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Blog entry by JEAN MILSTEIN

Letting Go of “Should”

Letting Go of “Should”

  • Jennie Milstein 
  • Parkville High School (BCPS) 
  • ESPBC Member and BOD member

I work as a paraeducator in a comprehensive high school. At the beginning of every year, we start the delicate dance of getting to know our students. As someone who works with students receiving special education services, one of the things I do the week before the students arrive is to look at the IEP and 504 plans of the many students I will support over the coming year. Much of the documentation is deficit focused. It deals with what the students can’t do rather than what they can.

Therefore, every year I read documents and try to suspend my expectations. Inevitably, the students become more than their documents. Maybe they have trouble sitting still in their seats for more than ten minutes at a time, but they shine on the football field. Or they may struggle mightily reading grade-level texts but have sketchbooks full of graphic-novel-length texts that they work on every day to stay focused and ready to learn.

As someone with a non-standard-issue brain who works daily with students whose brains are also non-standard issue, I have learned to let go of “should.” In order for students to succeed, we have to meet them where they are, not where we wish them to be.

This has always been the case, but it is important that we remember this now more than ever. The world is not an etch-a-sketch. We can’t shake it and magically wipe away everything that’s happened over the last four years. Our “normal” baseline state is gone. It is no more.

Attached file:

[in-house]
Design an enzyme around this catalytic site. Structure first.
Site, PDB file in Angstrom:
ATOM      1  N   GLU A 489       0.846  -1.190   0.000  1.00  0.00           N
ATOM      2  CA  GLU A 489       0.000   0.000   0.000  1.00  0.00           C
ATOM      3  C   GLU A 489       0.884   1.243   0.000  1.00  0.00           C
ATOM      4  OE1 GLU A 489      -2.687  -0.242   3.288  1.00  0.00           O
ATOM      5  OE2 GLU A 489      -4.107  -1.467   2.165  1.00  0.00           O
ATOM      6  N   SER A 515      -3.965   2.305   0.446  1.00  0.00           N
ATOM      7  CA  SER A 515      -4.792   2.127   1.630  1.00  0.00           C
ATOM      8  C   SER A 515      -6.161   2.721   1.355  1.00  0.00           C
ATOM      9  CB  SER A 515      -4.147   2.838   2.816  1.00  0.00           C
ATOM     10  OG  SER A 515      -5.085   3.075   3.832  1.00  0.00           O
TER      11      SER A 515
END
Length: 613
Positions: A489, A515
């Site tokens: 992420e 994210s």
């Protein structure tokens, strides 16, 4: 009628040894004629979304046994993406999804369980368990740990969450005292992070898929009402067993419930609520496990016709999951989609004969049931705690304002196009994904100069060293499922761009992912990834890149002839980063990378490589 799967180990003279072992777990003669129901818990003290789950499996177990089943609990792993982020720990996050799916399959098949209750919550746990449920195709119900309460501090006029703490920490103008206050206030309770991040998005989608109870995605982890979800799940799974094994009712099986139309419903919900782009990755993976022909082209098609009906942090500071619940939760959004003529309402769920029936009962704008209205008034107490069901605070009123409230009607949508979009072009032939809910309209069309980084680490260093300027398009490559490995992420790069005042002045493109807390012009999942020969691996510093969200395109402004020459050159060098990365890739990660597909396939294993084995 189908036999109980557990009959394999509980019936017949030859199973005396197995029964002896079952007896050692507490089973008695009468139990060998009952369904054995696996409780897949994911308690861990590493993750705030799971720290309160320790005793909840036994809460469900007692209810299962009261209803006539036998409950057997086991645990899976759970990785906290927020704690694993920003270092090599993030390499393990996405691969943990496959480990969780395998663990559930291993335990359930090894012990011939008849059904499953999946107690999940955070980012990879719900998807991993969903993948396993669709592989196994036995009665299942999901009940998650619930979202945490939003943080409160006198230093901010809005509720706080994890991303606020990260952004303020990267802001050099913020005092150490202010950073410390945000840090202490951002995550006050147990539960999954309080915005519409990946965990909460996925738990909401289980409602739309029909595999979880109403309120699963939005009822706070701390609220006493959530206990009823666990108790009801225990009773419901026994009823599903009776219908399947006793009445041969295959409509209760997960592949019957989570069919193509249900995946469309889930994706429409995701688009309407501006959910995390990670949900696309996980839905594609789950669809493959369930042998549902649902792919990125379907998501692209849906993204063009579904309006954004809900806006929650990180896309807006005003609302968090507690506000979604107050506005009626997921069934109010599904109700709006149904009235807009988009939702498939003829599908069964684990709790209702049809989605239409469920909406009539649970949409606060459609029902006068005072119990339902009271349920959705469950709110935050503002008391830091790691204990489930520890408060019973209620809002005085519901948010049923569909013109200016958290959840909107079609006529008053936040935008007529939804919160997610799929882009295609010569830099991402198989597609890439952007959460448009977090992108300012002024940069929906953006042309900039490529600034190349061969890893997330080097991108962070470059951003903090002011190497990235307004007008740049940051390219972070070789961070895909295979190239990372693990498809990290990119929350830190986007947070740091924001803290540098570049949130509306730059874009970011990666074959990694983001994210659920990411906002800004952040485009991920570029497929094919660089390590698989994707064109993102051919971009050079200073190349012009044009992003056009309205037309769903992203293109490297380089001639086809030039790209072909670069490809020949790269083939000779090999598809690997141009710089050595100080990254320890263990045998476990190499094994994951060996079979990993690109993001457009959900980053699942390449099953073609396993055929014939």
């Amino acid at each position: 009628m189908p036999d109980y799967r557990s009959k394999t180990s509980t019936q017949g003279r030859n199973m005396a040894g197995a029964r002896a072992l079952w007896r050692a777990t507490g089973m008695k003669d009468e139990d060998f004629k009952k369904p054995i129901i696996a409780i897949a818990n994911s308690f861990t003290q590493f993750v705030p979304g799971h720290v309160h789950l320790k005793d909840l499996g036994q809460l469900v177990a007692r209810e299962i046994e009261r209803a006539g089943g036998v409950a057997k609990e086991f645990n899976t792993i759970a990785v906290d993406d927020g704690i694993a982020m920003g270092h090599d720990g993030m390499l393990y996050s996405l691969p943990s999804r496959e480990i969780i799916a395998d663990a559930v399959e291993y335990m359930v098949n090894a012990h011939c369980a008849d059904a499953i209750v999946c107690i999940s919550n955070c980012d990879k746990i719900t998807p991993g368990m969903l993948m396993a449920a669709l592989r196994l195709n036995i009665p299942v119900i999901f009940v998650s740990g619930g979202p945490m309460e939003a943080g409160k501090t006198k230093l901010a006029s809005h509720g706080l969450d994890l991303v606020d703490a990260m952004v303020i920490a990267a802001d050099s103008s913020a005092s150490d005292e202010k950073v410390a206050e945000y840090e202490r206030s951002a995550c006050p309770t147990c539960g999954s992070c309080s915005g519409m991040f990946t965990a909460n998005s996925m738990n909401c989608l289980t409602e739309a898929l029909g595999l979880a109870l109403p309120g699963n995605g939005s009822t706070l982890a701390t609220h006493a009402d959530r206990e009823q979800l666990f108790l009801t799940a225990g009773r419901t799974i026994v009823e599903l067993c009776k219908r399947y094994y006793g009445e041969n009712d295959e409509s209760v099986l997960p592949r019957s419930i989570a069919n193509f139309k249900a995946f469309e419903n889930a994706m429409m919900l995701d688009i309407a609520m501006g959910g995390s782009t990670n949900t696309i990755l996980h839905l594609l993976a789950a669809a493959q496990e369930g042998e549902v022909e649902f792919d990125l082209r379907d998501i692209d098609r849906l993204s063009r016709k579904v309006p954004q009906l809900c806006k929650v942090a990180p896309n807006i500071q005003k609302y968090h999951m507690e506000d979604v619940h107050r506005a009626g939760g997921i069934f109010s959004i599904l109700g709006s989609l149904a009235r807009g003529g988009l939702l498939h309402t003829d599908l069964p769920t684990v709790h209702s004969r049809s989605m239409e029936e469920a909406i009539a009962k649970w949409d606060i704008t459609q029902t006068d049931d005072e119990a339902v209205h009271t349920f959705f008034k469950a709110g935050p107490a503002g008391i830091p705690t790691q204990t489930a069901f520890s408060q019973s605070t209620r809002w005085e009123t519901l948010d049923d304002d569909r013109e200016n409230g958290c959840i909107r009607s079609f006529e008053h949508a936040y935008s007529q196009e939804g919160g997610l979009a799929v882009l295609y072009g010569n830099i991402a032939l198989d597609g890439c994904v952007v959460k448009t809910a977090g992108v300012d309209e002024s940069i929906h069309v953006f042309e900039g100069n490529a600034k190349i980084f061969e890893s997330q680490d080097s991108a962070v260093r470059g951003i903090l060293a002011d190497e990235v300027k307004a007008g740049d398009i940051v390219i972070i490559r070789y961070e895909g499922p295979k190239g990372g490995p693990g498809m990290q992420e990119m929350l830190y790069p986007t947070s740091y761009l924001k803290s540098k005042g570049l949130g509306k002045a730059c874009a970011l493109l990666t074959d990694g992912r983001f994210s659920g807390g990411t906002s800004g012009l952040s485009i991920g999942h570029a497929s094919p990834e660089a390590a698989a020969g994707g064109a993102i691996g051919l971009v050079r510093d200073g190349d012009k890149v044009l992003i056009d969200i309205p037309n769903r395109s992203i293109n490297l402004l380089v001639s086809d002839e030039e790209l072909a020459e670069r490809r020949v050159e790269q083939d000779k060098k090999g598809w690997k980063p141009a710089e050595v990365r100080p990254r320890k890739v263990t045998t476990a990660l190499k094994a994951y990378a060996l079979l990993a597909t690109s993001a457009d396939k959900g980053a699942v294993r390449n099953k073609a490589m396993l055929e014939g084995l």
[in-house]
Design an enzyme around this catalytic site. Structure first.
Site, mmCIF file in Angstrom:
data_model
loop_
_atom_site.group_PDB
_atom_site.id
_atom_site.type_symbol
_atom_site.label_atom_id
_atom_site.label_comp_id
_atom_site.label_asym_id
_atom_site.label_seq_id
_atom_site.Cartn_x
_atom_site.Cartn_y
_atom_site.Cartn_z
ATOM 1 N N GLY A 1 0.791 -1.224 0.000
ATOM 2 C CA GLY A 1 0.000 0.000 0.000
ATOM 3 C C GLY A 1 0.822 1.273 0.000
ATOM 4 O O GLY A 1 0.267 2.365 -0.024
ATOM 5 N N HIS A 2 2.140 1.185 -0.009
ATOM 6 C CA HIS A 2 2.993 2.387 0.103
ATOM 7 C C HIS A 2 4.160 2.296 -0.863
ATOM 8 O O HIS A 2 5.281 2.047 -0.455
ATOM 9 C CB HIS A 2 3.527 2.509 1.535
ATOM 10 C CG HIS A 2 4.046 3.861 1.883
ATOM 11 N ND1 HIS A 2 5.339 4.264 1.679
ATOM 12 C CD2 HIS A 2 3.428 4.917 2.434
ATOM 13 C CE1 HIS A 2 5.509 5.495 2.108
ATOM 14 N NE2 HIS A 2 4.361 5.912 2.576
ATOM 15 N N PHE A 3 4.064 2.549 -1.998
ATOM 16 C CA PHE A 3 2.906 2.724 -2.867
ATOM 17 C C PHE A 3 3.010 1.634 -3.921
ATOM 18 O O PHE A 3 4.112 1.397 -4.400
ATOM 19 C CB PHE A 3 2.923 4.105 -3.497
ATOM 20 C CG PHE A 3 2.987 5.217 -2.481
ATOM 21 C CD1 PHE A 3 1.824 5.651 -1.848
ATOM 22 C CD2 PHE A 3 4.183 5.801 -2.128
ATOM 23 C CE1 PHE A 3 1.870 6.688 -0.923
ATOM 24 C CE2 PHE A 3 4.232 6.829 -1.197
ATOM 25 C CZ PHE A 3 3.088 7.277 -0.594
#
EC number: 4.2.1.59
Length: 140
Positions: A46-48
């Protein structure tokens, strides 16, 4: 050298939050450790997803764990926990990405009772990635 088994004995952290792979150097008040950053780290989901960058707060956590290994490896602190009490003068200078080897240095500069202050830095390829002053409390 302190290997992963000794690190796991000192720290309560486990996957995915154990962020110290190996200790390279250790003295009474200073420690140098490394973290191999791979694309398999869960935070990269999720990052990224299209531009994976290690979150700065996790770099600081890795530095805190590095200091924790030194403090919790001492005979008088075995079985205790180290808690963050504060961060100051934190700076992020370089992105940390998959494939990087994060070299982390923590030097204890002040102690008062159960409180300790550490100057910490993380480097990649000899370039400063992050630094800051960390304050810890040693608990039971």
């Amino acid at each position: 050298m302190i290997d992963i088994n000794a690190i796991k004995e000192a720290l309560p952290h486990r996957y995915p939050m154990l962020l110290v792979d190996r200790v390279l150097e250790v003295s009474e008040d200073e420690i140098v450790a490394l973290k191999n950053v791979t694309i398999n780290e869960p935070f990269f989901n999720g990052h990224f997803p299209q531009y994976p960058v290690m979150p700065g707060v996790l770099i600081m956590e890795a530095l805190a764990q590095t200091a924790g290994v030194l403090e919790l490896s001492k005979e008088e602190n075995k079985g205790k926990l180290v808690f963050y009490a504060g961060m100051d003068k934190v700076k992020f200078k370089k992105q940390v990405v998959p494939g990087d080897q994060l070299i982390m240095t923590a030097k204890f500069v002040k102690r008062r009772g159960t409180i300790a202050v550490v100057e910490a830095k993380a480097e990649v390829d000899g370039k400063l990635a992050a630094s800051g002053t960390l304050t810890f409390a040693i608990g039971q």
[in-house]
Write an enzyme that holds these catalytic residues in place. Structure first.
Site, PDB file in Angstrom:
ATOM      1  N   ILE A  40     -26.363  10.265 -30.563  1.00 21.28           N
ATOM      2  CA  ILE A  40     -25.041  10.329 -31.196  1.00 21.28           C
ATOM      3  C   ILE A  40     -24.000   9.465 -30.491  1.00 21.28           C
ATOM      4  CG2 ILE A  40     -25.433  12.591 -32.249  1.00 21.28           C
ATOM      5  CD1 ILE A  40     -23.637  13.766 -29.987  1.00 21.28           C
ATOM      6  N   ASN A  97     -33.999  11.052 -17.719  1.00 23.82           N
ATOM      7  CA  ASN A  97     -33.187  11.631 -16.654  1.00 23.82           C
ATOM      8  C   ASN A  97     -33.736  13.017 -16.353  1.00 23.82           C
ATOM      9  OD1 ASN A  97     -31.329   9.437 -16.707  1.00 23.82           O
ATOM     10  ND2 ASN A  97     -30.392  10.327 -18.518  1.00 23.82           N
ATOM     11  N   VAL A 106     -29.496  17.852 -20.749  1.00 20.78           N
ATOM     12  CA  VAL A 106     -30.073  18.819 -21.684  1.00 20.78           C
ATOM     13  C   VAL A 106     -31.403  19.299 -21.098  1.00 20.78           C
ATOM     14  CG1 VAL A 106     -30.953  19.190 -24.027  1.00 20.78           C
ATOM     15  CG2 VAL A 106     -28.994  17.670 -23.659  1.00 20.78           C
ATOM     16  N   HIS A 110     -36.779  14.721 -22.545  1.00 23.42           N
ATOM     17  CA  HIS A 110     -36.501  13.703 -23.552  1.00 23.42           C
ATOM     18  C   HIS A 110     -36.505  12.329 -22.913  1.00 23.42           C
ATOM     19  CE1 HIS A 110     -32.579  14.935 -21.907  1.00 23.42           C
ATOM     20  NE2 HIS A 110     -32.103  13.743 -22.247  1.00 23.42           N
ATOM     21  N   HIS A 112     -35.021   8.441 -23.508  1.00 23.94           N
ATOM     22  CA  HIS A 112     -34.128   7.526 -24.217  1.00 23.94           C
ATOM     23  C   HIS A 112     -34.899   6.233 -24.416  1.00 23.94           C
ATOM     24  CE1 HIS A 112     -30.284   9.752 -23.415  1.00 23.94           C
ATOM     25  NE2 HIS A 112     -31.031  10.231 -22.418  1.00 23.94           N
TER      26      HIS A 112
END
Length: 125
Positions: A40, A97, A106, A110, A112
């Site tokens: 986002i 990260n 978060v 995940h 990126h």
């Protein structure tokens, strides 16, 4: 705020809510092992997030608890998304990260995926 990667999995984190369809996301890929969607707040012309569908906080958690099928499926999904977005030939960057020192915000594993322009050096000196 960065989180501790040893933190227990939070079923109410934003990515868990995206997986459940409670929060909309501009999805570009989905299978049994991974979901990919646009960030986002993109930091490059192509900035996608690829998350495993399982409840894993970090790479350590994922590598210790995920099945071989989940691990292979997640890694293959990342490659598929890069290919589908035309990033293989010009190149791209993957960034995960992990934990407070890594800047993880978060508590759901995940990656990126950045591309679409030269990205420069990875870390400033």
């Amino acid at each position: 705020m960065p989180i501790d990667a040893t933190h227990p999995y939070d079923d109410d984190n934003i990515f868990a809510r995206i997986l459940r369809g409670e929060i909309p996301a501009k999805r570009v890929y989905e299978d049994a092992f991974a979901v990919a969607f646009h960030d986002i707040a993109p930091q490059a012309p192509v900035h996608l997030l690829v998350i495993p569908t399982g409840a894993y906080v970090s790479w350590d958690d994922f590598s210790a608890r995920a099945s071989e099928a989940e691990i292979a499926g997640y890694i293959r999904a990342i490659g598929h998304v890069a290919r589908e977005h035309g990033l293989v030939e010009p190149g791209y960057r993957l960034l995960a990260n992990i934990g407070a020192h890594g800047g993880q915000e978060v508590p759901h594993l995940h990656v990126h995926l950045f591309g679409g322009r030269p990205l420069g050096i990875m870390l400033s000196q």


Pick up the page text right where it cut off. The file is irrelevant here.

As much as we might like to, we can’t forget the trauma of the pandemic and its aftermath. I am fortunate that my home is my safe space. I have to wonder, though, how true is that for some of our students? How many of our students have lost parents, grandparents, or other caregivers over the last couple of years? How many of them had lives disrupted by lost jobs and lost income? How many new 504 and IEP documents will we read over the coming years that are written to mitigate the effects of long covid or trauma caused by these losses?

I often feel like there isn’t enough of me to go around. The pressure to help students learn and thrive is immense. But so too is the pressure to return to some semblance of normal. To catch students up to where they should be academically, without taking into account where they are right now. And that’s a problem.

If curricula pressure teachers to give assessments at various points of time during the year before students have mastered the content within them, then at best we will lose their engagement, and at worst lose their trust in school as a safe space. If students are stressed beyond breaking by what is happening at home and what is happening at school, learning stops.

As we move away from the pandemic, we must remember that students are more than test scores, deficits, and achievement gaps to be filled. They are developing human beings full of potential and struggle and everything in between.

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